Below are different variations of  the first phrase, which is the one I have heard most often,  listed in a table.  Of course, you can substitute a male name for “lui” and a female name for “lei” and use the same verb form. 

Ho perso la testa per lui! I’ve fallen in love with him!
Ho perso la testa per lei! I’ve fallen in love with her!
Lei ha perso la testa per lui! She has fallen in love with him!
Lui ha perso la testa per lei! He has fallen in love with her!

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The phrases we have just discussed for romantic love are very useful. But, we know that in life there is more than just romantic love.  What about our love for family and friends? For places or things?

In America, we seem to “love” everyone and everything – from our spouse to our best friend, our hometown, our favorite movie, a comfortable pair of shoes, pizza… Everyone and everything can be “loved” in America!  But, as an Italian friend once told me. it is best to reserve amare for that one and only, special romantic love.** 

So, how do we tell family and friends that we love them in Italian?

We use the Italian phrasal verb form “volere bene (a qualcuno)” and the expression, “Ti voglio bene,” which really doesn’t translate well into English.  It has been translated as, “I care for you,” or, “I wish you well,” but really, it is the way Italians tell their children, parents, and friends that they love one another.

The phrase, “Ti voglio bene,” is also used frequently between spouses or romantic couples.  In other words, this phrase can also be used to express one’s romantic love for another.  When you watch old Italians movies, listen closely, and you will hear this phrase come up often!

Mi vuoi bene?  Do you love me/care for me?
(for family and friends, and also your true love)
Ti voglio bene.  I love you/care for you/wish you well.

******

Finally, when Italians want to say that they love a place or  thing, they usually use the verb piacere. Visit our blogs Piacere – How Italians Say, “I like it!”and Piacere – How Italians Say, “I liked it!”  to learn how the verb piacere works.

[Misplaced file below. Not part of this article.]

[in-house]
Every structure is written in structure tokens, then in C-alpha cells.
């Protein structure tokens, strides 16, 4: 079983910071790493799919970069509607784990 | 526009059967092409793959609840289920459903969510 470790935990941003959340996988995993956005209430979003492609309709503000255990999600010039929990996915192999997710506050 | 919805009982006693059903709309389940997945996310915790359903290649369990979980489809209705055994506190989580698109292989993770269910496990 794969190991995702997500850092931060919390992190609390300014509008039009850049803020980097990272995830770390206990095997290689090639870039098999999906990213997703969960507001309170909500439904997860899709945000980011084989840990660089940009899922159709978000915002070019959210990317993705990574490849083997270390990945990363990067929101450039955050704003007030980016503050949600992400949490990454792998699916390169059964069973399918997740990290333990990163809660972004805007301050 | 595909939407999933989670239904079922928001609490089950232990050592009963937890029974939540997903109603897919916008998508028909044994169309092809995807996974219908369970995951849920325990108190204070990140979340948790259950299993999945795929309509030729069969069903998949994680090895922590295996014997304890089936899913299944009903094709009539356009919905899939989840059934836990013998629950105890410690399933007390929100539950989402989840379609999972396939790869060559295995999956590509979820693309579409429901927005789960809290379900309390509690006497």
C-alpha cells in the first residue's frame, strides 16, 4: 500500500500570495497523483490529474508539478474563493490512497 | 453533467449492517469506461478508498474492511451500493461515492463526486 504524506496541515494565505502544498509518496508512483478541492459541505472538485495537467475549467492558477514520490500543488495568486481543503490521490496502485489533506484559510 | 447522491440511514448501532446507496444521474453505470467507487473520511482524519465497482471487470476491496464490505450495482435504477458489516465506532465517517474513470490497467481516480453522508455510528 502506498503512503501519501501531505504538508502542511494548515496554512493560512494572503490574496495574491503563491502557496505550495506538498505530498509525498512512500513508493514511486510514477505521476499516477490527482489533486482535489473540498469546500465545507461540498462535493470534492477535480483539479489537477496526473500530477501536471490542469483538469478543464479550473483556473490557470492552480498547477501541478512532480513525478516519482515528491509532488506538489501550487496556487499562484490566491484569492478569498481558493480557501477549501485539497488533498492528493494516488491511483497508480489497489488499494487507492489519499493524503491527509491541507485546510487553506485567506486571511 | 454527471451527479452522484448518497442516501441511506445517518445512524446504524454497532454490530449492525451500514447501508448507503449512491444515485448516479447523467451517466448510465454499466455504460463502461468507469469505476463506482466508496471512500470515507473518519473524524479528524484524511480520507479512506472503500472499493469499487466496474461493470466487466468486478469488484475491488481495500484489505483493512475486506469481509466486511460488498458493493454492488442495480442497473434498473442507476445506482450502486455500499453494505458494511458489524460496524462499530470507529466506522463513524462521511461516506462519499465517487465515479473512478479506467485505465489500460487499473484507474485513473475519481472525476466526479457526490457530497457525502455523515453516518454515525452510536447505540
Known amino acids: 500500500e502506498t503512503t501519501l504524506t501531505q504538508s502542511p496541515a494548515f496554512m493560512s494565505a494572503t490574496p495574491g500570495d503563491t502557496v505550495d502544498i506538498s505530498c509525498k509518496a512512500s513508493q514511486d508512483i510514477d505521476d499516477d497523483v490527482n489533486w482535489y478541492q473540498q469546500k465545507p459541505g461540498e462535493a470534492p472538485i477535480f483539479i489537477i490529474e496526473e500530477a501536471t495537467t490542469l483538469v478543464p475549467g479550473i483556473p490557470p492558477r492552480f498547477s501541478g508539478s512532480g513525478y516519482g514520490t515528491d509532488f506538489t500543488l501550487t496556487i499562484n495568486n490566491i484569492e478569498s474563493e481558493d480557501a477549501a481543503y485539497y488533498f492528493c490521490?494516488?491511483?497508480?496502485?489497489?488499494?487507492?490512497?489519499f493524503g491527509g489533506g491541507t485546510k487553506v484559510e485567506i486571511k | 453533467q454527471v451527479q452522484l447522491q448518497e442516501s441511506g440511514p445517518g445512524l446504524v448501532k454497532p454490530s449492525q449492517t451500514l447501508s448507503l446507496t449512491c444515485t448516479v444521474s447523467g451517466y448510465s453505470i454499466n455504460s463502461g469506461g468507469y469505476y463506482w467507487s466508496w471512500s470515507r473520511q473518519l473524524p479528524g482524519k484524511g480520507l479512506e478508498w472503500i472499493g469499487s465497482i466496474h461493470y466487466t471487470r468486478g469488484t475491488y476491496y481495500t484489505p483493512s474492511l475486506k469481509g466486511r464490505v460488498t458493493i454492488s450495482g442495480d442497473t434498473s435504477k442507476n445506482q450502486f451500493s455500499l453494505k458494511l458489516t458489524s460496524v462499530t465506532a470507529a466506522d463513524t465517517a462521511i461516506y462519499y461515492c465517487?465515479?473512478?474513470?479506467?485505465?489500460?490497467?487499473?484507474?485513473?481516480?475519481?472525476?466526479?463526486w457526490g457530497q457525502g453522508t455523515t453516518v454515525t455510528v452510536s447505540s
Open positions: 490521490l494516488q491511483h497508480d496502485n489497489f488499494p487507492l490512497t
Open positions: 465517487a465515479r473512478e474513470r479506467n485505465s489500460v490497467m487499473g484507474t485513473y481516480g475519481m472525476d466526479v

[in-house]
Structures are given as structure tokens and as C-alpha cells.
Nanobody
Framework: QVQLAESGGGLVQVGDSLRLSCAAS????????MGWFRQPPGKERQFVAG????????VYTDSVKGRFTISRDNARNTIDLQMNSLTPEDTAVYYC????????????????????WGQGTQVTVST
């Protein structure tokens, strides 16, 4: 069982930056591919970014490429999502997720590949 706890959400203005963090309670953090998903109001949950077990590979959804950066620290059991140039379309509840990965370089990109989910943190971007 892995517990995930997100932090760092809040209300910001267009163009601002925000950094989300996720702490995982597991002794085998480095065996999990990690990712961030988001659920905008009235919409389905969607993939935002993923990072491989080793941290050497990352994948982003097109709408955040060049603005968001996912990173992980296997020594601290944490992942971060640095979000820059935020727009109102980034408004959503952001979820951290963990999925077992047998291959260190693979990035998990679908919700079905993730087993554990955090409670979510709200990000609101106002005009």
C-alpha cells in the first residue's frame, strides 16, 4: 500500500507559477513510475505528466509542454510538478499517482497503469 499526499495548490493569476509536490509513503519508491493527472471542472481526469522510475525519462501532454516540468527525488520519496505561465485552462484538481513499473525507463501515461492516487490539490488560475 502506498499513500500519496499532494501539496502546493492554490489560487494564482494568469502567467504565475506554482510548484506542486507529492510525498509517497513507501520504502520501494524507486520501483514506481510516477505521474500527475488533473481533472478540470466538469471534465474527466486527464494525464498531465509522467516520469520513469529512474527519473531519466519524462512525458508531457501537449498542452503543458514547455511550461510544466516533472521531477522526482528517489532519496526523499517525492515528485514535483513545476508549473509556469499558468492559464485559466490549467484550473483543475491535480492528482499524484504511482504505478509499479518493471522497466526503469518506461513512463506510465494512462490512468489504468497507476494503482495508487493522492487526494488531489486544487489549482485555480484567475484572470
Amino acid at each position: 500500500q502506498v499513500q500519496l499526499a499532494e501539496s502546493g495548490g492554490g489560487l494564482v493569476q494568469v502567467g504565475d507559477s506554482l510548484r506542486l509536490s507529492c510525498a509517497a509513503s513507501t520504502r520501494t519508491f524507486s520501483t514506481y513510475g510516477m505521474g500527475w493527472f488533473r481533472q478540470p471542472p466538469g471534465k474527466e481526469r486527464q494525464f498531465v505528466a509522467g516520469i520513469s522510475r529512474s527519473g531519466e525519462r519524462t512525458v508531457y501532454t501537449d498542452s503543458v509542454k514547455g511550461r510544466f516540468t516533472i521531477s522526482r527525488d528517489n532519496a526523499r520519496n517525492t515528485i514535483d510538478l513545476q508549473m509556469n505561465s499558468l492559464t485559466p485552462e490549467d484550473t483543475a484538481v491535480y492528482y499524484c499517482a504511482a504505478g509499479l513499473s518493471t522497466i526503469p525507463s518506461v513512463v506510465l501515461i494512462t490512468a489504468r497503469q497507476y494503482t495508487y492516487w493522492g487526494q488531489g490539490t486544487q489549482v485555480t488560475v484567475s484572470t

If you can learn to use the verbs amare and volere in these expressions,
you will have really learned to think in Italian!

Remember these phrases, and I hope you can use them every day!

**I have recently seen and heard exceptions to this rule about amare in advertisements: on a billboard in Milan, in an Italian magazine, and on Italian TV, but I still think it safest to be careful when choosing to use the verb amare.

*Some of this material has been reprinted from our Conversational Italian for Travelers books.

Just the Grammar from Conversational Italian for Travelers
Conversational Italian for Travelers “Just the Grammar”

 Purchase at amazon.com or Learn Travel Italian.com

 

Italian Phrases We Use EVERY Day! Pensare (Part 1) What I am thinking…

Burano in Venice, Italy and Everyday Italian phrases
Kathryn for learntravelitalian.com
Kathryn Occhipinti, MD, for Learn Travel Italian.com

The Christmas season is upon us and soon it will be a new year! Have you thought about making a New Year’s resolution to speak Italian more easily and confidently by the end of 2019? Well, it is never too late to start to learn Italian, and  I think my blogs can help you with your goal this coming year!

For the last 2 years, we’ve been learning that “commonly used phrases” are the key for how we can all build fluency in any language in a short time.